3*(x*(e^(1/2*pi) - 2)/pi + 1)*e^(-x) + 1/2*sin(x)
sage: desolve(diff(y,x,2)+2*diff(y,x)+y == cos(x),y,[0,3,pi/2,2],show_method=True)
[3*(x*(e^(1/2*pi) - 2)/pi + 1)*e^(-x) + 1/2*sin(x), 'variationofparameters']
sage: desolve(diff(y,x,2)+2*diff(y,x)+y == 0,y)
(k2*x + k1)*e^(-x)
sage: desolve(diff(y,x,2)+2*diff(y,x)+y == 0,y,show_method=True)
[(k2*x + k1)*e^(-x), 'constcoeff']
sage: desolve(diff(y,x,2)+2*diff(y,x)+y == 0,y,[0,3,1])
(4*x + 3)*e^(-x)
sage: desolve(diff(y,x,2)+2*diff(y,x)+y == 0,y,[0,3,1],show_method=True)
[(4*x + 3)*e^(-x), 'constcoeff']
sage: desolve(diff(y,x,2)+2*diff(y,x)+y == 0,y,[0,3,pi/2,2])
(2*x*(2*e^(1/2*pi) - 3)/pi + 3)*e^(-x)
sage: desolve(diff(y,x,2)+2*diff(y,x)+y == 0,y,[0,3,pi/2,2],show_method=True)
[(2*x*(2*e^(1/2*pi) - 3)/pi + 3)*e^(-x), 'constcoeff']

TESTS:

Trac #9961 fixed (allow assumptions on the dependent variable in desolve):

sage: y=function('y',x); assume(x>0); assume(y>0)
sage: sage.calculus.calculus.maxima('domain:real')  # needed since Maxima 5.26.0 to get the answer as below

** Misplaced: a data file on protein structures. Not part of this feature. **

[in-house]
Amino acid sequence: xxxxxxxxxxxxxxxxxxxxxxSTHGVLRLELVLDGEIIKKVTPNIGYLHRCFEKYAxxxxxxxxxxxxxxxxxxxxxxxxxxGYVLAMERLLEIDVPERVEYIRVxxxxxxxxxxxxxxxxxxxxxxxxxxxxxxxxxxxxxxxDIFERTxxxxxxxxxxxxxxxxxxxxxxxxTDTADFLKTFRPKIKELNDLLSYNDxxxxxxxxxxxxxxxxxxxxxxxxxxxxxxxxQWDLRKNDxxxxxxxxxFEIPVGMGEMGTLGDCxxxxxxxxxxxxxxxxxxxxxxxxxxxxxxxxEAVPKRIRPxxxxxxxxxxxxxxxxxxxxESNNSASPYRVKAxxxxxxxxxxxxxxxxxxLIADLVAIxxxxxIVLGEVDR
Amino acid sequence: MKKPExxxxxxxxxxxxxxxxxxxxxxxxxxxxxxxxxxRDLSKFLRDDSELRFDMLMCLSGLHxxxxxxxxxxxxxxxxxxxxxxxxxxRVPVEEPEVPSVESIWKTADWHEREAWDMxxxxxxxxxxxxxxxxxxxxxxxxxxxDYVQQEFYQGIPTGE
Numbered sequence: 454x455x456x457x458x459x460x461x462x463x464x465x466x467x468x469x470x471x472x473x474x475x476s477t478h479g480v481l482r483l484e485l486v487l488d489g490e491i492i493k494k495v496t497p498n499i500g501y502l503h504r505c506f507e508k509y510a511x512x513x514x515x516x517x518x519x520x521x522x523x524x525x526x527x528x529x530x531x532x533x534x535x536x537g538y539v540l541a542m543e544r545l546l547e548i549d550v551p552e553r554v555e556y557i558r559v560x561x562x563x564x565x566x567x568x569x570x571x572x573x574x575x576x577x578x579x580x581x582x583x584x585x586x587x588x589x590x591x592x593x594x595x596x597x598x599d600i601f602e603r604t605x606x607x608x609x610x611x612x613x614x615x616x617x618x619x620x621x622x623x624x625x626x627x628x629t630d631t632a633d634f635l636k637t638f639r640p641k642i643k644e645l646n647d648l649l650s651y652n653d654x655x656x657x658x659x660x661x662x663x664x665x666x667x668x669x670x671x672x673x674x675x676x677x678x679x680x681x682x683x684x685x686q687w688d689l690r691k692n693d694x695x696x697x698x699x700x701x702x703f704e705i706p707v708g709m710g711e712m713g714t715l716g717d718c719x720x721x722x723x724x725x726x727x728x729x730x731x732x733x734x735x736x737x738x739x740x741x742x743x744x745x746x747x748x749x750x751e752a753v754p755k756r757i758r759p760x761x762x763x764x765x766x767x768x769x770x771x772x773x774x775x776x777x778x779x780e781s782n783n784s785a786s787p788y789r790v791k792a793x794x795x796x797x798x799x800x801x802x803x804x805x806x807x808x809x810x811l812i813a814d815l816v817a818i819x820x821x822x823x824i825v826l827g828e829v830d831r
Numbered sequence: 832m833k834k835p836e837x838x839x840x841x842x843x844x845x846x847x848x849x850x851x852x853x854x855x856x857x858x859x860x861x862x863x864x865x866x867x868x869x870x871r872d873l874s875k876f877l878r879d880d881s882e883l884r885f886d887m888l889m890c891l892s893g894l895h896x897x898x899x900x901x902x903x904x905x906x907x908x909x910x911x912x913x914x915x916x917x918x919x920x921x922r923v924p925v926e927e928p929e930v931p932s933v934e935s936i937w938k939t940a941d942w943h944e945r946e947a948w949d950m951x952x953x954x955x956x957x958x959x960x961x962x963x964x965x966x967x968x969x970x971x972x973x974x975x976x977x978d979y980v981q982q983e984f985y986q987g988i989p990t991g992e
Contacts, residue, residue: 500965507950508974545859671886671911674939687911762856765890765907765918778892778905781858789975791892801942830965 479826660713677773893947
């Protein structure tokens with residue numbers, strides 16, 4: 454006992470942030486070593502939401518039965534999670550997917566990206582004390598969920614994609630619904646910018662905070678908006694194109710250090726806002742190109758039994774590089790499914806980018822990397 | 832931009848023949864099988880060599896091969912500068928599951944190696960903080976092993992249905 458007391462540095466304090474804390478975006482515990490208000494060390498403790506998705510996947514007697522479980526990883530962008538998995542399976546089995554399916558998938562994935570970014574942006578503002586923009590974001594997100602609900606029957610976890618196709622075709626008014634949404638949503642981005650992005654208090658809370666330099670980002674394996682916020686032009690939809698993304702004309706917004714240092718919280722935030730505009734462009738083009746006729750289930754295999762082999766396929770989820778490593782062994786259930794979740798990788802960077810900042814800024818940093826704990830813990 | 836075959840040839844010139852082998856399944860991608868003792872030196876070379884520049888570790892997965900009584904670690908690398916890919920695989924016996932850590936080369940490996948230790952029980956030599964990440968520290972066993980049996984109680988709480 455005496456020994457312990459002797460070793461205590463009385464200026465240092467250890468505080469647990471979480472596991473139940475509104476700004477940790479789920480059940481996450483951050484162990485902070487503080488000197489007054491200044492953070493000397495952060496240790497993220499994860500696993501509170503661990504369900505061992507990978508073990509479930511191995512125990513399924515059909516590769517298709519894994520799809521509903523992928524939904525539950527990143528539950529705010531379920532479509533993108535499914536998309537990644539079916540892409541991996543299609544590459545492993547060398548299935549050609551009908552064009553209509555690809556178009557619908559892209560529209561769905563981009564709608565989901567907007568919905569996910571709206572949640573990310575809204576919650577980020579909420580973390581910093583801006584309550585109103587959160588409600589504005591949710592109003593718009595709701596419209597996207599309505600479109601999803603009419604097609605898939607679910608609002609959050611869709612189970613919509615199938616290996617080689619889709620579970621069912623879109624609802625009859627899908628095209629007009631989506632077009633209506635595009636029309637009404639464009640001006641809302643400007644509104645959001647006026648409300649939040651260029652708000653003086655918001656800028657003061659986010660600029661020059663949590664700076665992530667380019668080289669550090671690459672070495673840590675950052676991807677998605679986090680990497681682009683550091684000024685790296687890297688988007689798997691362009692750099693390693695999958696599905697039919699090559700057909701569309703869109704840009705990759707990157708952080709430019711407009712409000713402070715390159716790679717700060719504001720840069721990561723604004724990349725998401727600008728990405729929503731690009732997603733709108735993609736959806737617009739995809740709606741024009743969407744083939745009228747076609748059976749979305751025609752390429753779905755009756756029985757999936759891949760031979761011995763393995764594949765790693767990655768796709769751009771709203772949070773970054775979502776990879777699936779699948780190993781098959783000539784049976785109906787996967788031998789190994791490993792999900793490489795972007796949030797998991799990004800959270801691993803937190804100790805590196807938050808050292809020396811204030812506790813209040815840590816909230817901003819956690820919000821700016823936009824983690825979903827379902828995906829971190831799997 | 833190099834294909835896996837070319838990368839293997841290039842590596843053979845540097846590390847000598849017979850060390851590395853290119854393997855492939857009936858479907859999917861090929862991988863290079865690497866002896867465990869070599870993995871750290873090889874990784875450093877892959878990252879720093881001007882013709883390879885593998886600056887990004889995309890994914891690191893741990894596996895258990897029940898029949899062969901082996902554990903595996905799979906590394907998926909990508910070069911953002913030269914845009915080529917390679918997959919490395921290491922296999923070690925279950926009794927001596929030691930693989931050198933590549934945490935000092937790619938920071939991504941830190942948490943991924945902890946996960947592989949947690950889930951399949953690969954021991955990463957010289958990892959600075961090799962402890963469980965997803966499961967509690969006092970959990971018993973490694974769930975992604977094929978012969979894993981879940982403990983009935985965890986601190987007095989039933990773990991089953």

real
sage: desolve(x*diff(y,x)-x*sqrt(y^2+x^2)-y == 0, y, contrib_ode=True)
[x - arcsinh(y(x)/x) == c]

Trac #10682 updated Maxima to 5.26, and it started to show a different solution in the complex domain for the ODE above:

sage: sage.calculus.calculus.maxima('domain:complex')  # back to the default complex domain
complex
sage: desolve(x*diff(y,x)-x*sqrt(y^2+x^2)-y == 0, y, contrib_ode=True)
[1/2*(2*x^2*sqrt(x^(-2)) - 2*x*sqrt(x^(-2))*arcsinh(y(x)/sqrt(x^2)) -
    2*x*sqrt(x^(-2))*arcsinh(y(x)^2/(x*sqrt(y(x)^2))) +
    log(4*(2*x^2*sqrt((x^2*y(x)^2 + y(x)^4)/x^2)*sqrt(x^(-2)) + x^2 +
    2*y(x)^2)/x^2))/(x*sqrt(x^(-2))) == c]